Send to:

Choose Destination
See comment in PubMed Commons below
J Biol Chem. 2003 Feb 7;278(6):3671-8. Epub 2002 Nov 21.

Human autophagins, a family of cysteine proteinases potentially implicated in cell degradation by autophagy.

Author information

  • 1Departamento de Bioquimíca y Biología Molecular, Facultad de Medicina, Instituto Universitario de Oncología, Universidad de Oviedo, Spain.


We have cloned four human cDNAs encoding putative cysteine proteinases that have been tentatively called autophagins. These proteins are similar to Apg4/Aut2, a yeast enzyme involved in the activation of Apg8/Aut7 during the process of autophagy. The identified proteins ranging in length from 393 to 474 amino acids also contain several structural features characteristic of cysteine proteinases including a conserved cysteine residue that is essential for the catalytic properties of these enzymes. Northern blot analysis demonstrated that autophagins are broadly distributed in human tissues, being especially abundant in skeletal muscle. Functional and morphological analysis in autophagy-defective yeast strains lacking Apg4/Aut2 revealed that human autophagins-1 and -3 were able to complement the deficiency in the yeast protease, restoring the phenotypic and biochemical characteristics of autophagic cells. Enzymatic studies performed with autophagin-3, the most widely expressed human autophagin, revealed that the recombinant protein hydrolyzed the synthetic substrate Mca-Thr-Phe-Gly-Met-Dpa-NH(2) whose sequence derives from that present around the Apg4 cleavage site in yeast Apg8/Aut7. This proteolytic activity was diminished by N-ethylmaleimide, an inhibitor of cysteine proteases including yeast Apg4/Aut2. These results provide additional evidence that the autophagic process widely studied in yeast can also be fully reconstituted in human tissues and open the possibility to explore the relevance of the autophagin-based proteolytic system in the induction, regulation, and execution of autophagy.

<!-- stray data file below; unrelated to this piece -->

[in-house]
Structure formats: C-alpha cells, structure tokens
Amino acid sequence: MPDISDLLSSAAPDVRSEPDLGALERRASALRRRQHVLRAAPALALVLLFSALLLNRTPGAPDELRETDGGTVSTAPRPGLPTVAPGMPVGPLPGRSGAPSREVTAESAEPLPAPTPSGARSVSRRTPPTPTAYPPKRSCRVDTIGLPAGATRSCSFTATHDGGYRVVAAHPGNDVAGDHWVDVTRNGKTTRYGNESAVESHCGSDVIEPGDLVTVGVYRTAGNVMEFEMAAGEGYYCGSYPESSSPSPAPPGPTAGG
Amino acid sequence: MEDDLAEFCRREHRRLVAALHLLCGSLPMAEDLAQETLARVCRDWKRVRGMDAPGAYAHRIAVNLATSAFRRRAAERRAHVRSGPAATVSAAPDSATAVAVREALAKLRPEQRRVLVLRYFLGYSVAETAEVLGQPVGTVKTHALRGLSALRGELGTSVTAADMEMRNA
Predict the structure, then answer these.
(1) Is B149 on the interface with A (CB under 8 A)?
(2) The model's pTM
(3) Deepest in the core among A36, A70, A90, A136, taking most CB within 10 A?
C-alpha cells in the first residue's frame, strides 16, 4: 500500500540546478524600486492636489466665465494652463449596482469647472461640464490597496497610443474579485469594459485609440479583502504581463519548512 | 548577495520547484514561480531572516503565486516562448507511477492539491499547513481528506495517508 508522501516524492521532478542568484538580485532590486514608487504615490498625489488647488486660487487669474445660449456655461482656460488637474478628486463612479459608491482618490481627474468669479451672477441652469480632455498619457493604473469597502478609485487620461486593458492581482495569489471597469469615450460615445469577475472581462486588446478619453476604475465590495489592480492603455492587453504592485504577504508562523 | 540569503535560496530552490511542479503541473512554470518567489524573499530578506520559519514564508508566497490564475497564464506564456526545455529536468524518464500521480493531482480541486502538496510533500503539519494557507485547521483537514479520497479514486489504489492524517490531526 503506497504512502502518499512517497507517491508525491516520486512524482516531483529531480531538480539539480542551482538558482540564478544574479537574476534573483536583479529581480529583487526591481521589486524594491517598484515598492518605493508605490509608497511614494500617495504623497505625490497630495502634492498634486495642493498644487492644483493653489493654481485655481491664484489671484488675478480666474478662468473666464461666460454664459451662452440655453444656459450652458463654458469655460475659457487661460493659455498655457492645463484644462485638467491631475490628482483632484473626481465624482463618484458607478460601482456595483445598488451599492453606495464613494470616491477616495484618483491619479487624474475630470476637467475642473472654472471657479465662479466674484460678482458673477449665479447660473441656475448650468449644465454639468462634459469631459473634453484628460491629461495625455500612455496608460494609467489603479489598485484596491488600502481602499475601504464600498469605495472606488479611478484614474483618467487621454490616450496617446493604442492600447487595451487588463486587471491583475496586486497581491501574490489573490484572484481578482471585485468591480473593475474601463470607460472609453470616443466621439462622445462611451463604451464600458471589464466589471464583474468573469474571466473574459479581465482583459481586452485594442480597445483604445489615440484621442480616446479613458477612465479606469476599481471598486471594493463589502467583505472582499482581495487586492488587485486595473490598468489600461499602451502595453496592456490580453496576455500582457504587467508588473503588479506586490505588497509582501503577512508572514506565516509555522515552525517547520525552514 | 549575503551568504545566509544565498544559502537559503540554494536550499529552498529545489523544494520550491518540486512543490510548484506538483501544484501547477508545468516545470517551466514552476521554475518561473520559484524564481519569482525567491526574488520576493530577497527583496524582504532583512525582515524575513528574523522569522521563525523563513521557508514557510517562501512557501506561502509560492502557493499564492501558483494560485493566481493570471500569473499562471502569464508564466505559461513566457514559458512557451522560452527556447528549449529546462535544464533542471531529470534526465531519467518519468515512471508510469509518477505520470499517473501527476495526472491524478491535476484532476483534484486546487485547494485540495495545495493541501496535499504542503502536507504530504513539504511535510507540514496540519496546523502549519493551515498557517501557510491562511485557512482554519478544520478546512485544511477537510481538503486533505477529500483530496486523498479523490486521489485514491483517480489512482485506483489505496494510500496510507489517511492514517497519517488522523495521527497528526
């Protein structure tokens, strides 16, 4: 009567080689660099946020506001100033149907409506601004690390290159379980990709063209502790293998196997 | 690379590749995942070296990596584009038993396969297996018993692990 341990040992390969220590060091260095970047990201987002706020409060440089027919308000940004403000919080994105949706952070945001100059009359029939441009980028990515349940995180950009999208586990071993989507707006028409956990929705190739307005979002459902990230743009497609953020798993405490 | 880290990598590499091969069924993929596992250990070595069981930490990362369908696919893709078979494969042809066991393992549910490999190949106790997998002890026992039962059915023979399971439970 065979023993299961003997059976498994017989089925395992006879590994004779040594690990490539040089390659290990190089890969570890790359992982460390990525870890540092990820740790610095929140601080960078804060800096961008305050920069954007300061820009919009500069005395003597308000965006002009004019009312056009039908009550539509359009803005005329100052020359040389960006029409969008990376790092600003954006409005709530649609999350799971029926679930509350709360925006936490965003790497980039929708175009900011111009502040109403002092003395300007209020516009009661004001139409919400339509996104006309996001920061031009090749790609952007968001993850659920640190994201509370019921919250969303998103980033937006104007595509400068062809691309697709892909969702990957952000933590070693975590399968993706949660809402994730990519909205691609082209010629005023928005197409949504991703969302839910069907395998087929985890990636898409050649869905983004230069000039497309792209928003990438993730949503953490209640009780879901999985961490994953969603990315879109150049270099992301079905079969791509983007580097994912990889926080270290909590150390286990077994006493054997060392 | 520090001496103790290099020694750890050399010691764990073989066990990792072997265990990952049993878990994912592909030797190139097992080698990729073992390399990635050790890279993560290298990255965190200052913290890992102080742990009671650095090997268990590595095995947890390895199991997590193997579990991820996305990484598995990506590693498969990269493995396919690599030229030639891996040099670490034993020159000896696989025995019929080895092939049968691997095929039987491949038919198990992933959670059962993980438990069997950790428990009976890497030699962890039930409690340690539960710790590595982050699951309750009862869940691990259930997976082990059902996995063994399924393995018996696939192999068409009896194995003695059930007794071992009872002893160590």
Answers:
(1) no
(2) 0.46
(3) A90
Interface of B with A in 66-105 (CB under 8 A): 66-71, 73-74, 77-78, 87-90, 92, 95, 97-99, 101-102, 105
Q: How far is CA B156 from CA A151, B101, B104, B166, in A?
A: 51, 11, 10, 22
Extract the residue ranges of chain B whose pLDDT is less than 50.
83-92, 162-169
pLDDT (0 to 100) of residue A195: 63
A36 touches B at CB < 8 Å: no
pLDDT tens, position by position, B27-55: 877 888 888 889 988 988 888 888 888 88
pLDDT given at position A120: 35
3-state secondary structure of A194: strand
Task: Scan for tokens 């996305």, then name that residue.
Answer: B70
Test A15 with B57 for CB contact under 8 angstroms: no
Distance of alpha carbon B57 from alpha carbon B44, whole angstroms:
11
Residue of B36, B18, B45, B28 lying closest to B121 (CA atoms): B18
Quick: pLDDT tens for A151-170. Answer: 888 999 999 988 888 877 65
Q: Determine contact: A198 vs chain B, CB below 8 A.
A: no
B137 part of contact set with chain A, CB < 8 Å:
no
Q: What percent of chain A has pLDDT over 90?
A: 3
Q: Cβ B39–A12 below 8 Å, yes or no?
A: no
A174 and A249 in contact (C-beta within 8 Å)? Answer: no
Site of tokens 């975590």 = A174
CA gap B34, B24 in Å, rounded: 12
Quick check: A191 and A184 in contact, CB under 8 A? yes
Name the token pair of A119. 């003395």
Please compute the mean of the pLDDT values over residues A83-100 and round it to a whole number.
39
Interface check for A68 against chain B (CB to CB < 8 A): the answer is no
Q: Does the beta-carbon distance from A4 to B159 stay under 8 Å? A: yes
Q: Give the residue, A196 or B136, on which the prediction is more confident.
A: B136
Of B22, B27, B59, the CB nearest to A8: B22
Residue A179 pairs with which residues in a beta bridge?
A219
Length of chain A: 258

[PubMed - indexed for MEDLINE]
Free full text

LinkOut - more resources

Full Text Sources

Other Literature Sources

Molecular Biology Databases

Research Materials


PubMed Commons home

PubMed Commons

How to join PubMed Commons

    Supplemental Content

    Full text links

    Icon for HighWire
    Loading ...
    Write to the Help Desk